|Posted on April 17, 2013 at 7:20 AM|
"We hear only those questions
for which we are in a position to find answers."
The cards shown in the image above are from The Lenormand Revolution
Note: This blog features information on asking questions of the Lenormand oracle. If you are interested instead in learning how to ask questions of tarot, please CLICK HERE for information on that.
Asking Questions of The Lenormand Oracle:
A reading is only as good as its question. Everything starts with the question. A question that is poorly phrased results in a wishy-washy reading. Lenormand readings are clearer with a crisp, well set-up question.
Many people find themselves confused with interpreting readings, and the reason often comes down to a muddled question, or answering something other than was asked. Often a reader (especially someone new to readings) will ask a question and then start answering something else once the cards are down. While a large spread like a Grand Tableau sometimes lets us get around this, the smaller spreads require more specifics with our question.
Lenormand is blunt and clear, but we can easily muddle up an answer by asking one question and then proceeding to answer something else with the cards that come down. Be clear with what you expect a spread to define for you and stay within its communication parameters.
Note: With Lenormand, it is perfectly okay to ask Yes/No Questions. Use the below formats to be sure you are setting the question up firmly, no matter what kind of question you use.
Here are 6 Tips for Creating Clearer Lenormand Questions:
1) Pay close attention to WHAT you're asking.
Are you asking what you think you're asking?
For example, when you ask, "Is this job right for me?" This does not mean "Will I get the job?" For accurate and clear readings, be sure you are answering what you asked. Be familiar with the question you asked. Write it down if you need to organize it or remember it clearly.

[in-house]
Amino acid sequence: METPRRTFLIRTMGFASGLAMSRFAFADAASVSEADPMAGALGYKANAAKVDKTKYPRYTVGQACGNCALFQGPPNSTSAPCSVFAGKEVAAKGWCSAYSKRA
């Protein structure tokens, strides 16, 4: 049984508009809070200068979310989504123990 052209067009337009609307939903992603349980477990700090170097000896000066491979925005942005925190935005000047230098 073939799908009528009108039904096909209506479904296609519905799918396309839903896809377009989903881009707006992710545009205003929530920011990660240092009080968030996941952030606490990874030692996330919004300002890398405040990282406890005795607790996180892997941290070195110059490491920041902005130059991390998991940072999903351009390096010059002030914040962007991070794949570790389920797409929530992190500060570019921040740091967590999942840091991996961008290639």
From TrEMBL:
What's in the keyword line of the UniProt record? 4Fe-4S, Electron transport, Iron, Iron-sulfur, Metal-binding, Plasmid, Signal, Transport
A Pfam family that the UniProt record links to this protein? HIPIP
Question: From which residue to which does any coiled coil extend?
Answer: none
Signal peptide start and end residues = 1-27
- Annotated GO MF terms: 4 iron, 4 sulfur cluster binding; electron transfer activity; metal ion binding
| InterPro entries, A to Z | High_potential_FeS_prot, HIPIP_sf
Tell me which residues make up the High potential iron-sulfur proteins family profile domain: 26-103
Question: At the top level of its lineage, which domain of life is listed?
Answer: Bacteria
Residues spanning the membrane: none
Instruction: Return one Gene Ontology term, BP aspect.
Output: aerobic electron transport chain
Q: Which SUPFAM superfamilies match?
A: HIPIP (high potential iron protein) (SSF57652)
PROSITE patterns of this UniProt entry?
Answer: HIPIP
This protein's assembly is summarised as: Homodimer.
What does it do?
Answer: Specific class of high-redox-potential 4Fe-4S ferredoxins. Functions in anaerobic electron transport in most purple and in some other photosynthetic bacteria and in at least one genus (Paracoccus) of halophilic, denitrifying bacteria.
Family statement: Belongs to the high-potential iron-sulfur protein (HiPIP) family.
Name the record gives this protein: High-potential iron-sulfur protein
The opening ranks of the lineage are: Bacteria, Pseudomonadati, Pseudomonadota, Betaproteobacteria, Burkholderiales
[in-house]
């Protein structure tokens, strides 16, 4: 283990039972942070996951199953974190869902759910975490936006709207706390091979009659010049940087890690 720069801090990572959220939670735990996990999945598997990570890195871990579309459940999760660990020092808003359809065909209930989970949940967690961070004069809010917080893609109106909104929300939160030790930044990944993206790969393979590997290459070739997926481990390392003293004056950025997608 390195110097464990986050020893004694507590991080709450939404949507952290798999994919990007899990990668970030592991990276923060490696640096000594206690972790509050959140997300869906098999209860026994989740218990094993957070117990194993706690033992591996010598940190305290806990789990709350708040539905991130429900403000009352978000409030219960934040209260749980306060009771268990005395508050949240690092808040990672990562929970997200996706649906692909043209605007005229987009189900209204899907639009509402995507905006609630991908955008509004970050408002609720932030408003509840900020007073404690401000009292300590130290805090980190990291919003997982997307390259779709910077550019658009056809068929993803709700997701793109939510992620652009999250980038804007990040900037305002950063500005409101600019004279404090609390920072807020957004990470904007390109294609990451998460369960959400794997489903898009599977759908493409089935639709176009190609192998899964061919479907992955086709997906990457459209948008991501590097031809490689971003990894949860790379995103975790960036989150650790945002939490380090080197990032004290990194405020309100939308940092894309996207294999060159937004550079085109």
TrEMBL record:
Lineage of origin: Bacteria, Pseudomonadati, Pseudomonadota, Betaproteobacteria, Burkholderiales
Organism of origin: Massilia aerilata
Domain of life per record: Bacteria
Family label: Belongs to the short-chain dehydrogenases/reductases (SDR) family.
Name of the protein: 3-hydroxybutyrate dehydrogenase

Asking "What does he look like" is not the same question as "what does he act like?" or "What is he thinking?" If you're asking about physical descriptions, keep the meanings tight and related to physical attributes. If you want to ask about personality traits, don't blend those in; instead, set up a separate spread for those.
2) Make sure you'll understand the answer.
Ask a question in such a way that you'll be clear about the cards that respond.
If you ask:
"Is she still agoraphobic," then would Coffin mean "boxed in?" Or would it mean "The agoraphobia is over now"?
Sometimes it helps (a LOT) to adjust the question so you will clearly understand the answer. In this topic of agoraphobia, I'd probably ask, "Is she able to leave the house now?" Then I'd know what Coffin meant (either trapped in a box, and ending a relationship with the outdoors). Garden would mean lots of people around outside, Bouquet would mean she went outside, etc. This makes it easier for you to communicate with the cards. You are not changing the subject about which you're asking, you're just shifting the way you word the question (be sure the question still clearly reflects what you want to know).
This is NOT the same as rewording a phrase in tarot to reflect the comfort of the reader. (i.e., The client asks, "Will he come back?" and the reader changes the question to, "What in you needs to be filled that causes you to hope for his return?"). Rather, in this case, we are just creating better communication with the cards, not changing the topic.
3) Avoid asking questions about negative topics in a negative way.
It's okay to ask questions about negative topics. Just be sure to phrase them so you can communicate clearly with the cards by shifting the question to create clarity in your answers. Twist the question to be phrased in a positive way for better clarity with your answer, even if you are seeking an answer about a negative topic.